While the historical and textual evidence for biblical miracles is substantial, faith also plays a crucial role in accepting their reality. Hebrews 11:1 defines faith as "the assurance of things hoped for, the conviction of things not seen." Faith in the miraculous works of God is not blind belief but is grounded in the reasonable evidence provided by Scripture and the internal witness of the Holy Spirit. The miracles recorded in the Bible invite believers to trust in the God who transcends natural laws and intervenes in human history for His purposes.

Christian apologetics bridges the gap between faith and reason, demonstrating that belief in biblical miracles is intellectually viable and spiritually enriching. As 1 Peter 3:15 exhorts, "But sanctify Christ as Lord in your hearts, always being ready to make a defense to everyone who asks you to give an account for the hope that is in you, yet with gentleness and reverence." This call to defend the faith includes providing reasons for believing in the miracles recorded in the Bible, emphasizing their role in revealing God's character and redemptive plan.

Addressing Skepticism and Misunderstandings

Skepticism regarding biblical miracles often arises from a naturalistic worldview that denies the possibility of supernatural intervention. However, a theistic worldview, which acknowledges the existence of an omnipotent God, provides a rational basis for the occurrence of miracles. If God created the universe and its natural laws, He is not bound by those laws and can intervene in extraordinary ways.

Some skeptics argue that the accounts of miracles in the Bible are mythical or symbolic rather than historical. However, the Historical-Grammatical method of interpretation, which seeks to understand the text in its original context and meaning, supports the literal understanding of these miraculous events. The detailed and consistent nature of the biblical narratives, along with the cultural and historical context provided by archaeological findings, reinforces the historicity of the miracles.

The Transformative Power of Miracles

The miracles recorded in the Bible are not only historical events but also carry profound spiritual significance. They reveal God's compassion, power, and desire to restore and redeem His creation. The healing miracles of Jesus, for instance, demonstrate His compassion for the suffering and His authority over sickness and death. In Matthew 9:35-36, it is written, "Jesus was going through all the cities and villages, teaching in their synagogues and proclaiming the gospel of the kingdom, and healing every kind of disease and every kind of sickness. Seeing the people, He felt compassion for them, because they were distressed and dispirited like sheep without a shepherd."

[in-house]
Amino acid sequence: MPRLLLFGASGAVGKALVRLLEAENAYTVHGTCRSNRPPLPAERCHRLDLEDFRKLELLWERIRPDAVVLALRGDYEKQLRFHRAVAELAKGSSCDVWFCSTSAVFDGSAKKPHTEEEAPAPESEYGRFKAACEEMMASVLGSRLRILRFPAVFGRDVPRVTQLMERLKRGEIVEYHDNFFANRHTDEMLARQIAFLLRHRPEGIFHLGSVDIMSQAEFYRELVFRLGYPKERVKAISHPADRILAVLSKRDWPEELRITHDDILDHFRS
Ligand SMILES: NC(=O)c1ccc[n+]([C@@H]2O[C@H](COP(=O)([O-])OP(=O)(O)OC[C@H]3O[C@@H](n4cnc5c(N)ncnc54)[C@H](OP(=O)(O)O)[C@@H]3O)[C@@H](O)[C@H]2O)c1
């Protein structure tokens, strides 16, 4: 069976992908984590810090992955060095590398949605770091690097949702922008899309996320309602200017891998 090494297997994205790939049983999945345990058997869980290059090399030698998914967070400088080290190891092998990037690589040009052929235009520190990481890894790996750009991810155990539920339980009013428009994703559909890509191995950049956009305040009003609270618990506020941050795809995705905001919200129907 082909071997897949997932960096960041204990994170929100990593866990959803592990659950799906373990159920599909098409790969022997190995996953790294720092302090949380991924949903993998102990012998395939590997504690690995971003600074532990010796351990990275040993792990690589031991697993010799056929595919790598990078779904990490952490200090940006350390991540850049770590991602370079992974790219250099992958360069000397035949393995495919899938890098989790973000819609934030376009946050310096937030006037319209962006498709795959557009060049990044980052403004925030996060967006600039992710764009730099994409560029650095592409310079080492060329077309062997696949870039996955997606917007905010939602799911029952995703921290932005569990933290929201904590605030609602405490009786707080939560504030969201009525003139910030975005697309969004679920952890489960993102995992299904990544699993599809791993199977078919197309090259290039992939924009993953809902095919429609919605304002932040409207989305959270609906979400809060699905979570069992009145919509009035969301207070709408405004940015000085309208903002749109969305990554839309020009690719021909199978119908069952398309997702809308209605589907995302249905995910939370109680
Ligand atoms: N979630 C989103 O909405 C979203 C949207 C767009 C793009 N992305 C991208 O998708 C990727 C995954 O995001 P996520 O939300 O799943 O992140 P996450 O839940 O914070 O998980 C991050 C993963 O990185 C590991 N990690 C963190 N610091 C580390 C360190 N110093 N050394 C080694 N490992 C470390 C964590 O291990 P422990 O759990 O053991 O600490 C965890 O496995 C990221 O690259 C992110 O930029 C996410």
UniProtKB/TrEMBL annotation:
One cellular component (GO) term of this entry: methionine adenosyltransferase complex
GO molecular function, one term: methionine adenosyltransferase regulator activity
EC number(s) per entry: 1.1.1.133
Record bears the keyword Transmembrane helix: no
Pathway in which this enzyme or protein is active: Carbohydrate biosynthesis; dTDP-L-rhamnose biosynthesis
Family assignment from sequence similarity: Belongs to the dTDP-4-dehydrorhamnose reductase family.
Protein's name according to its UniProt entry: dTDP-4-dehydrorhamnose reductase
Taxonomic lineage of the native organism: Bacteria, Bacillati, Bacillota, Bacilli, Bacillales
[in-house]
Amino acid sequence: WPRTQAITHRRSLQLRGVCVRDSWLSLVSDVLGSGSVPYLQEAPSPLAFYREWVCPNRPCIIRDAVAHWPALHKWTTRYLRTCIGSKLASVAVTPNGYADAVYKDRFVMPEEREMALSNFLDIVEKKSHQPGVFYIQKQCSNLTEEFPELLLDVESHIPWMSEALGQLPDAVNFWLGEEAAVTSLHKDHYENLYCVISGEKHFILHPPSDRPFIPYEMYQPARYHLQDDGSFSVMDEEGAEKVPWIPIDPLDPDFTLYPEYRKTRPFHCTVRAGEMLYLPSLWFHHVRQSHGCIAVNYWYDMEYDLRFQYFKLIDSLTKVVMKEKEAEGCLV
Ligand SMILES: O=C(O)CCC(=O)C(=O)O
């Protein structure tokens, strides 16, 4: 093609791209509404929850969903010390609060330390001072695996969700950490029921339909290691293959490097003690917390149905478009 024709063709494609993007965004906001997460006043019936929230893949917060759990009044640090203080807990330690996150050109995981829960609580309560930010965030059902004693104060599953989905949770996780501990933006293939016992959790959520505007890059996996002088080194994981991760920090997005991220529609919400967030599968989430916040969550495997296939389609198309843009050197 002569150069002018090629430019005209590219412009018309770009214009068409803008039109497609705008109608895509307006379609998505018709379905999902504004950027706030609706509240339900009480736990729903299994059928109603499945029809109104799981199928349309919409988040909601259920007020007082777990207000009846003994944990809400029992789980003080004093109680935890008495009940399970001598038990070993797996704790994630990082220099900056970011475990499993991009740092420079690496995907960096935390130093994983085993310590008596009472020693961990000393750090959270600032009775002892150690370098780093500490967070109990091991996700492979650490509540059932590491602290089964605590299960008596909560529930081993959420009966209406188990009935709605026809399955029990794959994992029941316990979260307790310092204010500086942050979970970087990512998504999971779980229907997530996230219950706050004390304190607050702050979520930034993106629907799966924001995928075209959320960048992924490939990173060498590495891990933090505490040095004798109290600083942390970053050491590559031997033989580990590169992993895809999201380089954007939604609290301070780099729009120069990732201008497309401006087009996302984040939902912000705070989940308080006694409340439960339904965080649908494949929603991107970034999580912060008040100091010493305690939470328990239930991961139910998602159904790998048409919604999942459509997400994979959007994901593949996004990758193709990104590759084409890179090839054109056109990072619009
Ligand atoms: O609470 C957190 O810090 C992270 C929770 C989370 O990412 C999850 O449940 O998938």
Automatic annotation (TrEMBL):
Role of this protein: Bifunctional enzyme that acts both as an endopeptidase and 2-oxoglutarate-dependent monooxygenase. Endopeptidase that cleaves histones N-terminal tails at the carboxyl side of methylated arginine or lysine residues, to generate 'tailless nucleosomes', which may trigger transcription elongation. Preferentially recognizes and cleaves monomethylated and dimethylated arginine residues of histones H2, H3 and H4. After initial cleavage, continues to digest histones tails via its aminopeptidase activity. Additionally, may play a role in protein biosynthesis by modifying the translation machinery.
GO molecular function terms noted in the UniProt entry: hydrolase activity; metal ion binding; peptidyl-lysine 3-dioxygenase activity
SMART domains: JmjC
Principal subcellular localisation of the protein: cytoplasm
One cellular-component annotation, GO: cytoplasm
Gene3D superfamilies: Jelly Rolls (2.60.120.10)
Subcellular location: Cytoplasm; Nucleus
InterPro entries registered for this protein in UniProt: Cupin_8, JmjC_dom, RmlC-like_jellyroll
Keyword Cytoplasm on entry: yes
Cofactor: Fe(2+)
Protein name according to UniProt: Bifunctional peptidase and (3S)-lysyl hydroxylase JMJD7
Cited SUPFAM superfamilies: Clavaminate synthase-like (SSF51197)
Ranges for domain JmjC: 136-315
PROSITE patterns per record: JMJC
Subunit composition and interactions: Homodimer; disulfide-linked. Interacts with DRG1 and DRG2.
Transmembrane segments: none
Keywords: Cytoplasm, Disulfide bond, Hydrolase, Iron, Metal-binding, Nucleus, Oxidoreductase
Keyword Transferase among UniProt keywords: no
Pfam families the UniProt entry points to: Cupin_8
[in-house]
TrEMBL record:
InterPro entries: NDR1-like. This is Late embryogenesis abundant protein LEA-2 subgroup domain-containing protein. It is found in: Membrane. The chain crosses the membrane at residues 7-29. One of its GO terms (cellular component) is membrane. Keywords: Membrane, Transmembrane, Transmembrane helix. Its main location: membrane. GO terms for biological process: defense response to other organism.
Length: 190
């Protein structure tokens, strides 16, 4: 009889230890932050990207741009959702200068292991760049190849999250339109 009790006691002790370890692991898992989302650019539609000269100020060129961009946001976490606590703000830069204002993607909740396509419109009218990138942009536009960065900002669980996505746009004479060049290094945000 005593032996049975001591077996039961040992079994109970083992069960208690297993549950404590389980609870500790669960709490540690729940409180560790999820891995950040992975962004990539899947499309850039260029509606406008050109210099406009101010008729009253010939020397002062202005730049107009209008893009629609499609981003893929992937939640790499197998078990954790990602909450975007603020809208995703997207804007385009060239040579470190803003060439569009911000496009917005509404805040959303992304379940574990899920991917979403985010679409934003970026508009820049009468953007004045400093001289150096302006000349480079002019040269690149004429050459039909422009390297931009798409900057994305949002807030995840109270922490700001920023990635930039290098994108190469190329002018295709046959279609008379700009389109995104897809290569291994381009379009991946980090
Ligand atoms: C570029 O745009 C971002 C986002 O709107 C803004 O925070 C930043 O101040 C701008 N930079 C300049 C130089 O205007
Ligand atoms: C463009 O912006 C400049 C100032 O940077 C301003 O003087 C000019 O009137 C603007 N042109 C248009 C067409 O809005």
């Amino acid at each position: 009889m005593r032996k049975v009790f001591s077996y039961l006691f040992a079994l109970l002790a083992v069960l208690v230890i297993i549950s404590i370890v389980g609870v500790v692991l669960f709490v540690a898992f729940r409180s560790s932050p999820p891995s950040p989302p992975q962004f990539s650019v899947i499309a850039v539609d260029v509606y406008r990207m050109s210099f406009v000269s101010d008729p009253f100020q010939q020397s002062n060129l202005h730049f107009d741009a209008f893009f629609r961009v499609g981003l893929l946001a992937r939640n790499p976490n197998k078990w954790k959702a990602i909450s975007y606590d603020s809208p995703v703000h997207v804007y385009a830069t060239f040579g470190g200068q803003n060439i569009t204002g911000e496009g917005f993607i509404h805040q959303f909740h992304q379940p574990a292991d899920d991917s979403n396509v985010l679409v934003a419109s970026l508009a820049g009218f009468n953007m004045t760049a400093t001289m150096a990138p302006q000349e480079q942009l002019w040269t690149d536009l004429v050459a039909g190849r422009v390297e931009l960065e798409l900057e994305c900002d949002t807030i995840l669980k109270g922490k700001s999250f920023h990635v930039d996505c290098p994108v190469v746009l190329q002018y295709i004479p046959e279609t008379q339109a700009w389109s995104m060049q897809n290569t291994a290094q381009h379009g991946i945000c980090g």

The miracles of provision, such as the feeding of the five thousand in John 6:1-14, reveal God's ability to meet the needs of His people. In this account, Jesus multiplies five barley loaves and two fish to feed a large crowd, illustrating God's abundant provision and care. These miracles serve as reminders of God's faithfulness and His ability to provide for His people's physical and spiritual needs.

Miracles as Foretastes of the Kingdom

The miracles performed by Jesus and the apostles are also seen as foretastes of the coming Kingdom of God. They provide glimpses of the future restoration and renewal that God has promised. In Revelation 21:4, it is prophesied, "And He will wipe away every tear from their eyes; and there will no longer be any death; there will no longer be any mourning, or crying, or pain; the first things have passed away." The miracles recorded in the Bible point forward to this ultimate restoration, offering hope and assurance to believers.

Conclusion on Miracles' Reality

The miracles recorded in the Bible are historically reliable and theologically significant. They are acts of divine intervention that reveal God's power, authenticate His messengers, and provide tangible evidence of His redemptive work. The Historical-Grammatical method of interpretation supports the literal understanding of these miracles, and the substantial historical and textual evidence corroborates their occurrence. Faith in biblical miracles is both reasonable and enriching, inviting believers to trust in the God who transcends natural laws and intervenes in human history for His purposes.

About the Author

EDWARD D. ANDREWS (AS in Criminal Justice, BS in Religion, MA in Biblical Studies, and MDiv in Theology) is CEO and President of Christian Publishing House. He has authored over 220+ books. In addition, Andrews is the Chief Translator of the Updated American Standard Version (UASV).